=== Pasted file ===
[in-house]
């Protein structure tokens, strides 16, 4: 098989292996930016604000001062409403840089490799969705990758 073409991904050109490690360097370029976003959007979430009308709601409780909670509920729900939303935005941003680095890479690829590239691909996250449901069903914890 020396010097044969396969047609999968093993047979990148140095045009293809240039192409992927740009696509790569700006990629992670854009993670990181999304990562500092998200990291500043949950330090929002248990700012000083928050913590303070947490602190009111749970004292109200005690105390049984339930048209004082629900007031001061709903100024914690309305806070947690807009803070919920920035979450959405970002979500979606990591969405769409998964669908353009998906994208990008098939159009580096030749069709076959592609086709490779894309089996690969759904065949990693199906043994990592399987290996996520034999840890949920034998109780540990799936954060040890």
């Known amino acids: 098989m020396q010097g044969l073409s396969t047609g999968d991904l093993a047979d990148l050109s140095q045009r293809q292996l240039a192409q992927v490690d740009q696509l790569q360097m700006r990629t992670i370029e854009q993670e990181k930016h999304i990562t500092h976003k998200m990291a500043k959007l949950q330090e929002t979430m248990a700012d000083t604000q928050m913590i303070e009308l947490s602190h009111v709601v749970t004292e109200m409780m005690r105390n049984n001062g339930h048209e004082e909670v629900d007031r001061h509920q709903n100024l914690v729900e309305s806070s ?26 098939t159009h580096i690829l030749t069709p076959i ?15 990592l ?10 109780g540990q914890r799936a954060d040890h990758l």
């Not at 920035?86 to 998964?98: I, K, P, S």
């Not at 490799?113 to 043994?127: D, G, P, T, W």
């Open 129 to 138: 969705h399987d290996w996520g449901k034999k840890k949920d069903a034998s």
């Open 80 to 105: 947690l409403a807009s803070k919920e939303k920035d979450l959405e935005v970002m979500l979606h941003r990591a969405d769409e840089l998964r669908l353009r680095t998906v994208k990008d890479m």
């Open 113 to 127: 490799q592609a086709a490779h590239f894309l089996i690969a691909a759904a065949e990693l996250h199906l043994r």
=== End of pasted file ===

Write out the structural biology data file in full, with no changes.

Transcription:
[in-house]
């Protein structure tokens, strides 16, 4: 098989292996930016604000001062409403840089490799969705990758 073409991904050109490690360097370029976003959007979430009308709601409780909670509920729900939303935005941003680095890479690829590239691909996250449901069903914890 020396010097044969396969047609999968093993047979990148140095045009293809240039192409992927740009696509790569700006990629992670854009993670990181999304990562500092998200990291500043949950330090929002248990700012000083928050913590303070947490602190009111749970004292109200005690105390049984339930048209004082629900007031001061709903100024914690309305806070947690807009803070919920920035979450959405970002979500979606990591969405769409998964669908353009998906994208990008098939159009580096030749069709076959592609086709490779894309089996690969759904065949990693199906043994990592399987290996996520034999840890949920034998109780540990799936954060040890």
């Known amino acids: 098989m020396q010097g044969l073409s396969t047609g999968d991904l093993a047979d990148l050109s140095q045009r293809q292996l240039a192409q992927v490690d740009q696509l790569q360097m700006r990629t992670i370029e854009q993670e990181k930016h999304i990562t500092h976003k998200m990291a500043k959007l949950q330090e929002t979430m248990a700012d000083t604000q928050m913590i303070e009308l947490s602190h009111v709601v749970t004292e109200m409780m005690r105390n049984n001062g339930h048209e004082e909670v629900d007031r001061h509920q709903n100024l914690v729900e309305s806070s ?26 098939t159009h580096i690829l030749t069709p076959i ?15 990592l ?10 109780g540990q914890r799936a954060d040890h990758l």
């Not at 920035?86 to 998964?98: I, K, P, S």
């Not at 490799?113 to 043994?127: D, G, P, T, W």
């Open 129 to 138: 969705h399987d290996w996520g449901k034999k840890k949920d069903a034998s």
């Open 80 to 105: 947690l409403a807009s803070k919920e939303k920035d979450l959405e935005v970002m979500l979606h941003r990591a969405d769409e840089l998964r669908l353009r680095t998906v994208k990008d890479m």
């Open 113 to 127: 490799q592609a086709a490779h590239f894309l089996i690969a691909a759904a065949e990693l996250h199906l043994r």